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Cork

Page history last edited by Thomas Kutzli 11 years, 7 months ago

 

Quercus suber, commonly called the Cork Oak, is a medium-sized, evergreen oak tree in the section Quercus sect. Cerris. It is the primary source of cork for wine bottle stoppers and other uses. It is native to southwest Europe and northwest Africa.

It grows to up to 20 m, although it is typically more stunted in its native environment. The leaves are 4 to 7 cm long, weakly lobed or coarsely toothed, dark green above, paler beneath, with the leaf margins often downcurved. The acorns are 2 to 3 cm long, in a deep cup fringed with elongated scales.

The tree forms a thick, rugged bark containing high levels of suberin. Over time the cork cambium layer of bark can develop considerable thickness and can be harvested every 9 to 12 years to produce cork. The harvesting of cork does not harm the tree, in fact, no trees are cut down during the harvesting process. Only the bark is extracted, and a new layer of cork regrows, making it a renewable resource. The tree is cultivated in Spain, Portugal, Algeria, Morocco, France, Italy and Tunisia.

Cork's elasticity combined with its near-impermeability makes it suitable as a material for bottle stoppers, especially for wine bottles. Cork stoppers represent about 60% of all cork based production.

Cork's low density makes it a suitable material for fishing floats and buoys, as well as handles for fishing rods (as an alternative to neoprene).

Sheets of cork, often the by-product of more lucrative stopper production, are used to make bulletin boards, and when used as floor tiles and other building materials, because it is a good insulator, it can reduce the energy required for heating.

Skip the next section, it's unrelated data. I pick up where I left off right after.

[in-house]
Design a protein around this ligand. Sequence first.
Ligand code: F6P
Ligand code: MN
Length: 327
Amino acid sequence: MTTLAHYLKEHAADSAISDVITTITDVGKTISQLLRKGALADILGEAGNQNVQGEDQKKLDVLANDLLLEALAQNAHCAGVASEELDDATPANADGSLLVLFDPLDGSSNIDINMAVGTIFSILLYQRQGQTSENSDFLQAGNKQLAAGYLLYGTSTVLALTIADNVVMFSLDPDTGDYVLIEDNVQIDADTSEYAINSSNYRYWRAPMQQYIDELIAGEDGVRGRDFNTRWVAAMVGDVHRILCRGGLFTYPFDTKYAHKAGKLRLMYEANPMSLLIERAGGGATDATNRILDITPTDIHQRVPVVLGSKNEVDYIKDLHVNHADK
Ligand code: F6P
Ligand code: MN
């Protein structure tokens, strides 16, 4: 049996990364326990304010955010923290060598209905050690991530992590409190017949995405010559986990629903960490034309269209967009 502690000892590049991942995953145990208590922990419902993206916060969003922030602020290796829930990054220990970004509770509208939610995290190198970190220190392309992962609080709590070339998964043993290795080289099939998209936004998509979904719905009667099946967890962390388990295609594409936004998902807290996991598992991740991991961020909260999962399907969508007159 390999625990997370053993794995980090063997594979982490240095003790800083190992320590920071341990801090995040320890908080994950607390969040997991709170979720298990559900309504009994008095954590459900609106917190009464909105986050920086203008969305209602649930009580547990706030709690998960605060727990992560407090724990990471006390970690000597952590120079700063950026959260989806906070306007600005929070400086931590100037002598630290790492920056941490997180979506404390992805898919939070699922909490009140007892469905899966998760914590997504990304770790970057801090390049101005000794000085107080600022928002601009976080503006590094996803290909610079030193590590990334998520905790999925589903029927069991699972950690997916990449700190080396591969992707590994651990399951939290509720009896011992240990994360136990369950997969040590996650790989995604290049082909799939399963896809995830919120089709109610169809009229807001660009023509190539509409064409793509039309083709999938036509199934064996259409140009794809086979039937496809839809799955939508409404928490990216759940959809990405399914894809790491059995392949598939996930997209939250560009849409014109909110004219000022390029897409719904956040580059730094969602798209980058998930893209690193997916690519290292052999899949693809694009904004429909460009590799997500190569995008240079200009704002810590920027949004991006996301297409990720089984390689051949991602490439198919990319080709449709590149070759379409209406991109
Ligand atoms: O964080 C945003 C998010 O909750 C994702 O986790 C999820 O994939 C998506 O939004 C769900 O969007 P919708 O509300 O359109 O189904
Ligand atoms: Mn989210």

Granules of cork can also be mixed into concrete. The composites made by mixing cork granules and cement have lower thermal conductivity, lower density and good energy absorption. Some of the property ranges of the composites are density (400–1500 kg/m³), compressive strength (1–26 MPa) and flexural strength (0.5–4.0 MPa).

 

Other uses: Cork is used in musical instruments, particularly woodwind instruments, where it is used to fasten together segments of the instrument, making the seams airtight. Conducting baton handles are also often made out of cork.

Cork can be used as bricks for the outer walls of houses, as in Portugal's pavilion at Expo 2000.

On November 28, 2007, the Portuguese national postal service CTT issued the world's first postage stamp made of cork.

Cork is used as the core of a baseball. Replacing the interior of a baseball bat with cork—a practice known as corking — was historically a method of cheating at baseball; the efficacy of the practice is now discredited.

Cork is often used, in various forms, in spacecraft heat shields.

Also is used inside footwear to improve climate control and comfort.

Corks are also hung from hats to keep insects away. See cork hat.

Cork has been used as a core material in sandwich composite construction.

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